The main motivation for a vertical bed as a life drawing prop is to draw reclining poses without the pesky foreshortening. It’s a simple way to create the illusion of a bird’s eye view. However several artists have shown how the vertical or bird’s eye view of the bed can be employed to interesting effect in its own right.
Freud often worked with the motif of the mound of rags as he had a large pile in his studio which he used for wiping brushes, doubling up as a prop for his models. ‘Standing by the Rags’ recreates the effect of the ‘vertical bed’ as the shallow picture depth makes it ambiguous whether the figure is standing or lying. The pose looks simultaneously comfortable and awkward. It is as if the model is nestled into the rags but her weight is not quite supported and the whole thing could collapse at any minute (as vertical beds have a habit of doing!). In fact the pose was possibly inspired by the tradition of deposition paintings that showed Christ being lowered from the cross, with the rags standing in for the supporting figures.This would elevate the painting to the status of an altarpiece. Freud gives equal attention to the detail and texture of the rags and the figure, drawing a comparison between the folds in the fabric and the folds in the skin. Meanwhile the cool tones of the rags contrast with Freud’s warm, ruddy flesh palette.
Contemporary artist Lee Price makes photo-realistic paintings about women’s relationship with food, often from a bird’s eye view. Every one of her works is a self-portrait, and the viewpoint is not one of the voyeur but of the subject looking down on herself, as if in an out of body experience. Nevertheless there is a tension created between privacy and disclosure in the private setting of the bed. Whilst most of Price’s paintings feature women eating mountains of junk food, the bowl of peaches and sleeping figure make this a transitional piece, where food is no longer an all-consuming object associated with guilt but a source of nourishment. This peaceful mood is reflected in the surroundings of rippled white sheets. The sequence of images featuring variations on the composition evokes the natural shifting of position during sleep, suggesting the passing of time. In a similar and equally beautiful series, Price paints women in the bath from a birds eye view. Definitely worth a look!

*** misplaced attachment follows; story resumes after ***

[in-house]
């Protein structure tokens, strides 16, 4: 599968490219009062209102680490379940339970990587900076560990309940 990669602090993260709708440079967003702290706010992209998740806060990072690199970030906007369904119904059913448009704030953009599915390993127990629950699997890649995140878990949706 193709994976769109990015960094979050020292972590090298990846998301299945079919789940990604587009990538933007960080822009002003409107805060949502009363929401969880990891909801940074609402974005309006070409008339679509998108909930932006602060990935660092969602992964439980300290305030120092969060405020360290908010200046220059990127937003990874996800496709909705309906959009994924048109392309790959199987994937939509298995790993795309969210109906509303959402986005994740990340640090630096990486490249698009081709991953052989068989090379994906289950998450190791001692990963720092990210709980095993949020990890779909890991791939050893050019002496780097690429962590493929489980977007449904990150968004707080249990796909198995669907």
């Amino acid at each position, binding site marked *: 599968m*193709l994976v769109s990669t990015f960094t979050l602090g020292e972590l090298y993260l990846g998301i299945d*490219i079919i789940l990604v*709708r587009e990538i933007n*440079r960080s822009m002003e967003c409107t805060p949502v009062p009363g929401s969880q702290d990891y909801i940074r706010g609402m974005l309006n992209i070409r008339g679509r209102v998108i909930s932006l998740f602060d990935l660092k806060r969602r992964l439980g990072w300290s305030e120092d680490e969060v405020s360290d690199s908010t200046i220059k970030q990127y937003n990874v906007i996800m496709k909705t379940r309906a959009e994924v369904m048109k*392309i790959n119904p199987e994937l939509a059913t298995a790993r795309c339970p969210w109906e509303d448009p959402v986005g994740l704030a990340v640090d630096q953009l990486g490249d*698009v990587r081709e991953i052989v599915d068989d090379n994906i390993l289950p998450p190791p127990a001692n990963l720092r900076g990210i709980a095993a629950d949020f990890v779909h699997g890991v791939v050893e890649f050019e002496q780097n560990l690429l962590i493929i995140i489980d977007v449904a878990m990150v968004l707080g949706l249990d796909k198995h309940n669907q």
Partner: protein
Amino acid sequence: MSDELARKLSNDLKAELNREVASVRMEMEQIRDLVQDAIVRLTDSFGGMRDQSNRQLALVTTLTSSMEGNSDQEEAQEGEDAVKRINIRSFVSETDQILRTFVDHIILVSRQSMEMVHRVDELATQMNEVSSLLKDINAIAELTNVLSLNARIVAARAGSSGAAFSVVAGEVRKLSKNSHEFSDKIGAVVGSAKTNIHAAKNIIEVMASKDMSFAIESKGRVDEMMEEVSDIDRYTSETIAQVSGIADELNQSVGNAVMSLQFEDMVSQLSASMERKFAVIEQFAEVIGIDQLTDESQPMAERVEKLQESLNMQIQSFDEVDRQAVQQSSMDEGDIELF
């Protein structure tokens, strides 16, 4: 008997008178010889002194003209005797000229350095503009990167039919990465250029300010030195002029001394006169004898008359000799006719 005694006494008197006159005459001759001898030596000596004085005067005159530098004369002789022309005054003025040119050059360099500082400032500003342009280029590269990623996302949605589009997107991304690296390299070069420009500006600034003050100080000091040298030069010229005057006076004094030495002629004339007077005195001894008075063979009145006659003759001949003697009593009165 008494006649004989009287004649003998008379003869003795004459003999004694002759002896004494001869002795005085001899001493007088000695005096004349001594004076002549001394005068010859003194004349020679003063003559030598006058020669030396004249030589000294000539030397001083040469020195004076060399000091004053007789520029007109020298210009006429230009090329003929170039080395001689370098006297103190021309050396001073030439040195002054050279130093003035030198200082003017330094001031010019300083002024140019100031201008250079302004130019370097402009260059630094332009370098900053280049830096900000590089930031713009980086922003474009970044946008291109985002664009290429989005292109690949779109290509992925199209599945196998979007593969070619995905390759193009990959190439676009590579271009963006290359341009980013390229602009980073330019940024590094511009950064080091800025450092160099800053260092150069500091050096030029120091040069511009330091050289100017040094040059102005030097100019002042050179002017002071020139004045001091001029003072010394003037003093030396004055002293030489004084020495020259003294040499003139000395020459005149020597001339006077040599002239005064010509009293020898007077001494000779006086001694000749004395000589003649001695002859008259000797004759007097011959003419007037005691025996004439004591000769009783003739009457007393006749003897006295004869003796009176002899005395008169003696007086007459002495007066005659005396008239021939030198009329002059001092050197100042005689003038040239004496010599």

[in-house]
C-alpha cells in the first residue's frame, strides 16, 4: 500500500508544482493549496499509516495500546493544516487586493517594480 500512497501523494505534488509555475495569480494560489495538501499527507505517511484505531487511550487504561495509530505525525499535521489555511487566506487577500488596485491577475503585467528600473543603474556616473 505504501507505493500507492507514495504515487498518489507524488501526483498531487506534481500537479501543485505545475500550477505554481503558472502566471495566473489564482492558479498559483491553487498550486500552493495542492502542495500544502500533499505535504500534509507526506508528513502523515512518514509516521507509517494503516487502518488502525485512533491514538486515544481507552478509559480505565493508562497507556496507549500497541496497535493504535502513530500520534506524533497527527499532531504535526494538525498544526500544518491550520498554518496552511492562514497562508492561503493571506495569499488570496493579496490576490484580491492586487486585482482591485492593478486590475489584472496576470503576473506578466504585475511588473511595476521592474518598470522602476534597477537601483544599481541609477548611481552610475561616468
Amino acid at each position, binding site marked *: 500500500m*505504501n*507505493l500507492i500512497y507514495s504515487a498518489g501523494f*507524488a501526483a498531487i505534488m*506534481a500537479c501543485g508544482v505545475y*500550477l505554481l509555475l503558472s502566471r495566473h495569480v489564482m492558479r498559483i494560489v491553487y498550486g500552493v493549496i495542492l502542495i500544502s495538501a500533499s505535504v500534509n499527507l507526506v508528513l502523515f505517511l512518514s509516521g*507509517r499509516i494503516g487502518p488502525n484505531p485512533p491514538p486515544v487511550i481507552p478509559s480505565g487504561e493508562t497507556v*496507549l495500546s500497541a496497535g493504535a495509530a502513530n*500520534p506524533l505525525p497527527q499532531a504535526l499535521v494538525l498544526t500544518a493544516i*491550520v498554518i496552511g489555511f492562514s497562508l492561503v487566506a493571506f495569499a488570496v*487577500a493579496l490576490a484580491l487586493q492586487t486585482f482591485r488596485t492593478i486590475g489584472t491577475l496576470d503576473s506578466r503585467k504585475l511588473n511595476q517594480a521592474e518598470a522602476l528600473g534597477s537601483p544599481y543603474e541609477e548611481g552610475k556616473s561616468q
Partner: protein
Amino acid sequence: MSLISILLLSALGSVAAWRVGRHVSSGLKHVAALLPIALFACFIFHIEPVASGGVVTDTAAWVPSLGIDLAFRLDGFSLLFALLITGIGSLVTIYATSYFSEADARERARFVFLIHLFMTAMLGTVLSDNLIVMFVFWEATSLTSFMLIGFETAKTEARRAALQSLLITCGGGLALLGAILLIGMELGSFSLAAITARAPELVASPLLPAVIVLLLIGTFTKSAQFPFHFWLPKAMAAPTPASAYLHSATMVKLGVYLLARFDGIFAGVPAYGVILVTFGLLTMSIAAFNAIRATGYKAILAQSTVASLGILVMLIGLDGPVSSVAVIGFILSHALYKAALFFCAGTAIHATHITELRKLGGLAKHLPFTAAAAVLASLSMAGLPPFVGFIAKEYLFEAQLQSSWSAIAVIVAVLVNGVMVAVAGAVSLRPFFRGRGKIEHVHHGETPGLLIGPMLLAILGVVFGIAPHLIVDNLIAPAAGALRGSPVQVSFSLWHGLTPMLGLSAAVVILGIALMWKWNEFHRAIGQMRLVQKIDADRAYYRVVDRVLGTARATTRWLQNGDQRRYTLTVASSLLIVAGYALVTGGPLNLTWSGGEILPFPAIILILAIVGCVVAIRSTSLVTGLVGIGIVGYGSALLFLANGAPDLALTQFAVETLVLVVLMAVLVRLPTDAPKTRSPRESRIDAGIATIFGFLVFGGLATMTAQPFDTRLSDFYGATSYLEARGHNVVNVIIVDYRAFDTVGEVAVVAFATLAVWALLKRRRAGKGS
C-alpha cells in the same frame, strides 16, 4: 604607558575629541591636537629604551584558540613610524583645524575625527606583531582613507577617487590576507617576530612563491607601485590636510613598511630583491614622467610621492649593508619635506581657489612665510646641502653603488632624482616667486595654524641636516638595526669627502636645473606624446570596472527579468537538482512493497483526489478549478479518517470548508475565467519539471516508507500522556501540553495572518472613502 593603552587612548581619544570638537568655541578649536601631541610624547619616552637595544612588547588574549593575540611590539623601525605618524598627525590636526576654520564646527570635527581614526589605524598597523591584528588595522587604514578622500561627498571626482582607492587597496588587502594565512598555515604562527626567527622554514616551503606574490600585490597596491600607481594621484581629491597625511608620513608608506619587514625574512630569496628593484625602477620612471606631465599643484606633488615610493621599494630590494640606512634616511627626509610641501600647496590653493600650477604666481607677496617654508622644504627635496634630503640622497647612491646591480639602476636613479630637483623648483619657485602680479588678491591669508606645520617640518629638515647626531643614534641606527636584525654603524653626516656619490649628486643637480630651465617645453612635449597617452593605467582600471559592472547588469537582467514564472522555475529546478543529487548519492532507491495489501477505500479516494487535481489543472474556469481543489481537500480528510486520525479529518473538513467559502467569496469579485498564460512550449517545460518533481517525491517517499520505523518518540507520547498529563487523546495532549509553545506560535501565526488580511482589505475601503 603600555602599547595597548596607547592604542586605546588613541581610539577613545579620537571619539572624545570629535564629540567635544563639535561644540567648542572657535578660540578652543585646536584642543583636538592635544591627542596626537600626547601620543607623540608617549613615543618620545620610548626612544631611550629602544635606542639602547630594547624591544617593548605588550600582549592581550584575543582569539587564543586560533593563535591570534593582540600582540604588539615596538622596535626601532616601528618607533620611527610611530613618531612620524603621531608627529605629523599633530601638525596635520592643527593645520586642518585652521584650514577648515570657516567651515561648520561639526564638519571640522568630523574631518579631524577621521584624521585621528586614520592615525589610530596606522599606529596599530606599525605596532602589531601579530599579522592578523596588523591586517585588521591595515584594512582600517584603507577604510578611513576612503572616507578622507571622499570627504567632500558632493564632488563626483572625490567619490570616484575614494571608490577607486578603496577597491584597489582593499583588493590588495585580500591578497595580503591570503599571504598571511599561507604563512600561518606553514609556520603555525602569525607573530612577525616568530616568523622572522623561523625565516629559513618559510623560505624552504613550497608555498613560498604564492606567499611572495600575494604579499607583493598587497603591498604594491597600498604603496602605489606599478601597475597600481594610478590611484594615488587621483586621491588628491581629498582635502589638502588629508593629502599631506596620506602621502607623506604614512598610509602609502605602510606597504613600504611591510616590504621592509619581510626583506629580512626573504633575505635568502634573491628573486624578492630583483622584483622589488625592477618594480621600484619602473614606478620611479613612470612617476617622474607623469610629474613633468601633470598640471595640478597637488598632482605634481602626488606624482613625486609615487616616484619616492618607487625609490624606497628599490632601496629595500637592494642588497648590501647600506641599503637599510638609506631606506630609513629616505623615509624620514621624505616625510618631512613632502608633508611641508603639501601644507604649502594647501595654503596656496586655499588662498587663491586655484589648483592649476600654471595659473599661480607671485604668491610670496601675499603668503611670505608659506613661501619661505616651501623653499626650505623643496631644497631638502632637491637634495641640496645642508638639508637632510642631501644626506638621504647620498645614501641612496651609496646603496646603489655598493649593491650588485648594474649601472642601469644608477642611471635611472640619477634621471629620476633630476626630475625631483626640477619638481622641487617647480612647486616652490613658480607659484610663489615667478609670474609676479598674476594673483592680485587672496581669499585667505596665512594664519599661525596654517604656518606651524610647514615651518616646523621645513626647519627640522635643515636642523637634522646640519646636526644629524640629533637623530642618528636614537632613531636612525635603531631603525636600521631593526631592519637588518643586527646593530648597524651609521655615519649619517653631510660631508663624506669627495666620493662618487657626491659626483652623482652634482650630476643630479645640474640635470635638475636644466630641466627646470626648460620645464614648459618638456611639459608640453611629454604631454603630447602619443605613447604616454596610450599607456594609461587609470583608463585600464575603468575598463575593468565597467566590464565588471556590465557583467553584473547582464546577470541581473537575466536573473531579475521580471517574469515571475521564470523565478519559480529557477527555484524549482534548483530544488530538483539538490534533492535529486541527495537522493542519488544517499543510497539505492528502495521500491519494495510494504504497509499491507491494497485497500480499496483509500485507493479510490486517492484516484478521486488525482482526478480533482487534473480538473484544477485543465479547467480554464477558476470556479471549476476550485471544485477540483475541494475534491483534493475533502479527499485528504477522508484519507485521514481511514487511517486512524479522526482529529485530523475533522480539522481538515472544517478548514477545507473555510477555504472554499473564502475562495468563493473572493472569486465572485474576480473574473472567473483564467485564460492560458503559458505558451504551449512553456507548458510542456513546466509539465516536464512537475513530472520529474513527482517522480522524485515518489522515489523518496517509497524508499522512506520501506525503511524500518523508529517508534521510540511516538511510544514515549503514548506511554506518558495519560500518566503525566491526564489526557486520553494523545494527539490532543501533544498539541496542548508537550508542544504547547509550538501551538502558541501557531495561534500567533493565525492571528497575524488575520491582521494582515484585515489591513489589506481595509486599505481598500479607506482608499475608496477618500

Another triptych, Vincent Desiderio’s ‘Sleep’ is an epic 24 foot painting of figures sleeping side by side from a bird’s eye view.The tableau of figures lined up creates an anonymity as each individual gets lost in a pattern of shapes and drapery, and their faces fall into the shadows. This could be a creative alternative to producing many quick drawings on separate sheets of paper. ‘Sleep’ was intended to represent a communal sleep - the sleep of our culture, or the sleep of reason, a subject famously depicted by Goya in his suite of satires ‘Los Caprichos’. You may recognise the painting from rapper Kanye West’s appropriation for a voyeuristic view of 12 celebrities in his music video ‘Famous’, which appropriately made Desiderio’s ‘Sleep’ famous.